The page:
Tag:Mountain West
Posted on: September 23, 2009 10:19 am

Flu outbreak policies of I-A conferences

[The policies of the Pac-10 and Sun Belt are listed in Wednesday's story]

ACC: A policy might be determined Oct. 7 at the fall meetings.

Big 12:
No conference-wide policy. Institutions should work with local and state health agencies.

SEC: Currently working with schools on handling outbreaks.

Big Ten: Ongoing discussions regarding contingency plans.

Conference USA: In the process of developing a policy. Could have specific language on the issue within a week.

Big East: Has taken out an “event cancellation” insurance policy that protects against several elements including swine flu.

WAC: (Regular season)

1.   In the event the visiting institution is unable to arrive at the site of a contest for any reason in order for it to be played at its regularly scheduled time, it shall notify the home director of athletics, home head coach and the Conference office as soon as possible.

2.   In the event either the visiting institution is unable to arrive at the site of a contest in order for the contest to be played and completed on the day it was scheduled or if the home institution is unable to participate for any reason:

a.   The contest shall be rescheduled only upon the mutual consent of the involved Directors of Athletics and the approval of the Commissioner.

b.  If the contest is unable to be rescheduled, it shall be declared no contest and shall not be included in the regular season standings.

Mountain West: The conference's planned approach is to address each situation on a case-by-case basis in the context of the unique circumstances of that particular outbreak. These would include, but not be limited to, the location of competition, the sport involved, the host institution’s policies/emergency management plan, state and local guidelines, etc.  After gathering all the pertinent information and consulting with all necessary constituents/agencies, we would make a determination how best to proceed.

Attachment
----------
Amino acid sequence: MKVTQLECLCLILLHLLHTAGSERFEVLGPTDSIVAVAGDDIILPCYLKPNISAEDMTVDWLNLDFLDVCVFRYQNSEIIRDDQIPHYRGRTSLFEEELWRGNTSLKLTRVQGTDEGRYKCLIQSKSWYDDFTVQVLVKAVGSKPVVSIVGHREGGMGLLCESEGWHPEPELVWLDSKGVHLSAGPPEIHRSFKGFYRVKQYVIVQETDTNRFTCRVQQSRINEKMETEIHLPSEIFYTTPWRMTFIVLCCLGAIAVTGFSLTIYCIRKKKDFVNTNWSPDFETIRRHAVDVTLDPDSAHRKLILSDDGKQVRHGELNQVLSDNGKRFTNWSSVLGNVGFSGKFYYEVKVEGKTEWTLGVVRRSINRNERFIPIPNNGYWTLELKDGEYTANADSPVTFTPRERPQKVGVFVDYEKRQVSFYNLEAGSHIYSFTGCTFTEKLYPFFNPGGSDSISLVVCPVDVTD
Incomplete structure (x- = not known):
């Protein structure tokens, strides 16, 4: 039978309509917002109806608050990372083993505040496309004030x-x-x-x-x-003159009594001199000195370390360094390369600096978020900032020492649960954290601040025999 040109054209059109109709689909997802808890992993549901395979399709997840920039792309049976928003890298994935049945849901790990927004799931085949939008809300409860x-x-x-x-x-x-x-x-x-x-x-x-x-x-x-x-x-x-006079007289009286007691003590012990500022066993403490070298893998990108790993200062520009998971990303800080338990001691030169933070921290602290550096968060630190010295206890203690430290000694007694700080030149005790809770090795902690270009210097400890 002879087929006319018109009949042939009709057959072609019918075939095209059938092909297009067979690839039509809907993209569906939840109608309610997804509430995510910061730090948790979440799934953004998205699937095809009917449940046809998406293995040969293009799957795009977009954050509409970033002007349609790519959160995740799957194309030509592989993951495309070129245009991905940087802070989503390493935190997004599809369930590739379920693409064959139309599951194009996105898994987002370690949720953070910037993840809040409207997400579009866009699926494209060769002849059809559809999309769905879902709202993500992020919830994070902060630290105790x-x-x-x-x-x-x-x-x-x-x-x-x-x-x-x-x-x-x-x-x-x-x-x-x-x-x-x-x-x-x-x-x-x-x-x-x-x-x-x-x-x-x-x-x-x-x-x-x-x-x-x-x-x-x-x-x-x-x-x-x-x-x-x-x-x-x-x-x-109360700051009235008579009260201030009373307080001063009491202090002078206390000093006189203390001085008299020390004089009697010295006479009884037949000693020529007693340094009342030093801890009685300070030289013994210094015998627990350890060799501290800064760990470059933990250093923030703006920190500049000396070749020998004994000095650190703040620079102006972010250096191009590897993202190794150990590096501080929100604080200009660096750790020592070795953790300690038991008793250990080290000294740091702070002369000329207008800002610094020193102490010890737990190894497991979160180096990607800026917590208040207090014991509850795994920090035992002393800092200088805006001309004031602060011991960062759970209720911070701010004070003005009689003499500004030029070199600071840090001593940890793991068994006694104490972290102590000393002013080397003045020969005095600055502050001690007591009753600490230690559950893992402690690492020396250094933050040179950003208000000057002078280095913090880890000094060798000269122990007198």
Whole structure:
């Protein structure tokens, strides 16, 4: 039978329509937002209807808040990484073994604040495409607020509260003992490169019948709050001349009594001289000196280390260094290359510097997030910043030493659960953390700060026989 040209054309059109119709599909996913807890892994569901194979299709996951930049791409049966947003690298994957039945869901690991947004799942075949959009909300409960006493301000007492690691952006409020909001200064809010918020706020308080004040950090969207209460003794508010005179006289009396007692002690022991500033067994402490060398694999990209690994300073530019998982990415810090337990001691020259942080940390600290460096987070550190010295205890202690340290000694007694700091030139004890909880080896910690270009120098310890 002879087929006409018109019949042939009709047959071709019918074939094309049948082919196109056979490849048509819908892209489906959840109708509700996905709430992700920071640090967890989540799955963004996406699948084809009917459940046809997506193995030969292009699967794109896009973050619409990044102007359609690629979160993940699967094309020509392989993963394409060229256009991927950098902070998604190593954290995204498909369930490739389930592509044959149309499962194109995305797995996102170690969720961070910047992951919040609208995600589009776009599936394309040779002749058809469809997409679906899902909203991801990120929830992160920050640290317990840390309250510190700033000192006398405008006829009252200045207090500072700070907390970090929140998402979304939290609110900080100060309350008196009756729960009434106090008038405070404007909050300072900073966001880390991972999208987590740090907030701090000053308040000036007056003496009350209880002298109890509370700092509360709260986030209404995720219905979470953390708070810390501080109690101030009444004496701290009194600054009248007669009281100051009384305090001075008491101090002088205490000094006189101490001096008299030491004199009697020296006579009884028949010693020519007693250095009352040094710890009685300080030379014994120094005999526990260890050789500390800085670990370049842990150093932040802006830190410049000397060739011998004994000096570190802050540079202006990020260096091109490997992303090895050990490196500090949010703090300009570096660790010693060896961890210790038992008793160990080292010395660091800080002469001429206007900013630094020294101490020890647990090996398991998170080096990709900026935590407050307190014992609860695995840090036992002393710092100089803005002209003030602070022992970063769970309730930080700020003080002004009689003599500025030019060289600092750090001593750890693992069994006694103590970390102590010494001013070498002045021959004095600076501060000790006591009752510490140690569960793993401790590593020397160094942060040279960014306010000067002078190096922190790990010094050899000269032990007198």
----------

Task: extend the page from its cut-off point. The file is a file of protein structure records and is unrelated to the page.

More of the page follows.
As an example, while it did not affect competition, the United States Air Force Academy recently had an outbreak among the incoming freshman cadets and quarantined a significant number of individuals as a result.  This was done in accordance with USAFA guidelines and other pertinent jurisdictions.  Had there been institutional and/or MWC competition involved, we would have consulted with the appropriate parties at USAFA and developed a plan of action.

Note: The Mid-American Conference did not respond.

Other flu outbreaks regarding college football:
(Others are mentioned in Wednesday's story. Source: Cleveland Plain-Dealer)

Duke: One confirmed case in August. Upwards of three dozen players had flu symptoms that lasted approximately 10 days.

Tulane: Twenty seven players had mild symptoms and returned to practice in early September.

Washington State: Sixteen players got sic shortly before the Sept. 5 home opener against Stanford (a loss).

Defensive tackle Antwane Glenn has been isolated due to flu symptoms.

Wisconsin: Several players developed symptoms the week of the Sept. 12 game against Fresno State. Whether it was because of the flu or not, several Fresno State receivers were able to get behind the Wisconsin secodary during an overtime win by the Badgers.

Posted on: July 22, 2009 11:05 am
Edited on: July 22, 2009 12:49 pm

Mountain West scraps

MWC notes as the its media days wrap up Wednesday in Henderson, Nev. ...

After TCU's Gary Patterson, new San Diego State coach Brady Hoke is easily the most outgoing head man in the league. Hoke is one of those call-me-anytime guys. We've already bonded on one subject. Hoke is familiar with the annual San Diego bacchanalian ritual known as Over The Line. For those of you familiar with Indian Ball, it's Indian Ball played on sand.